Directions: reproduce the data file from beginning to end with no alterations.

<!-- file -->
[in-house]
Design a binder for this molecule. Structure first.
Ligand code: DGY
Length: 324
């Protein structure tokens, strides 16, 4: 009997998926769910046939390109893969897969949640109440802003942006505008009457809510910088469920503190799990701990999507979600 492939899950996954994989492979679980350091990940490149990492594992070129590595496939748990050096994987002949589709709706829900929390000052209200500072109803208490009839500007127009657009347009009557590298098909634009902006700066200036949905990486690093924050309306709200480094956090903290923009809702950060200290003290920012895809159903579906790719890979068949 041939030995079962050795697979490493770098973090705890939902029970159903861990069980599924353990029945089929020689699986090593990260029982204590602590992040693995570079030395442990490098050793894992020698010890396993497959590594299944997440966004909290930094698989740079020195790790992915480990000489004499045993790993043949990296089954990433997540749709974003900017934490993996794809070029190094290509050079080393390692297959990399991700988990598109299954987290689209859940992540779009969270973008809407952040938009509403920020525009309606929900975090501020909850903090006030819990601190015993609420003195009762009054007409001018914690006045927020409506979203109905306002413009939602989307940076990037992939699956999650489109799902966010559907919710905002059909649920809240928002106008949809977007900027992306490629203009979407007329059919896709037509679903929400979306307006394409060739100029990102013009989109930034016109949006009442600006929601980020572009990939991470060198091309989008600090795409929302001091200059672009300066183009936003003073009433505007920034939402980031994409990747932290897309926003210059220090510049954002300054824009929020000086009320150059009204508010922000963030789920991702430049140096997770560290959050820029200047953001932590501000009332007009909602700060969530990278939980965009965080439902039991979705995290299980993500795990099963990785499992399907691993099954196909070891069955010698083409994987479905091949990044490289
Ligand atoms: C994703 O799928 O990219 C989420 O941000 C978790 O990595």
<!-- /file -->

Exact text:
[in-house]
Design a binder for this molecule. Structure first.
Ligand code: DGY
Length: 324
């Protein structure tokens, strides 16, 4: 009997998926769910046939390109893969897969949640109440802003942006505008009457809510910088469920503190799990701990999507979600 492939899950996954994989492979679980350091990940490149990492594992070129590595496939748990050096994987002949589709709706829900929390000052209200500072109803208490009839500007127009657009347009009557590298098909634009902006700066200036949905990486690093924050309306709200480094956090903290923009809702950060200290003290920012895809159903579906790719890979068949 041939030995079962050795697979490493770098973090705890939902029970159903861990069980599924353990029945089929020689699986090593990260029982204590602590992040693995570079030395442990490098050793894992020698010890396993497959590594299944997440966004909290930094698989740079020195790790992915480990000489004499045993790993043949990296089954990433997540749709974003900017934490993996794809070029190094290509050079080393390692297959990399991700988990598109299954987290689209859940992540779009969270973008809407952040938009509403920020525009309606929900975090501020909850903090006030819990601190015993609420003195009762009054007409001018914690006045927020409506979203109905306002413009939602989307940076990037992939699956999650489109799902966010559907919710905002059909649920809240928002106008949809977007900027992306490629203009979407007329059919896709037509679903929400979306307006394409060739100029990102013009989109930034016109949006009442600006929601980020572009990939991470060198091309989008600090795409929302001091200059672009300066183009936003003073009433505007920034939402980031994409990747932290897309926003210059220090510049954002300054824009929020000086009320150059009204508010922000963030789920991702430049140096997770560290959050820029200047953001932590501000009332007009909602700060969530990278939980965009965080439902039991979705995290299980993500795990099963990785499992399907691993099954196909070891069955010698083409994987479905091949990044490289
Ligand atoms: C994703 O799928 O990219 C989420 O941000 C978790 O990595």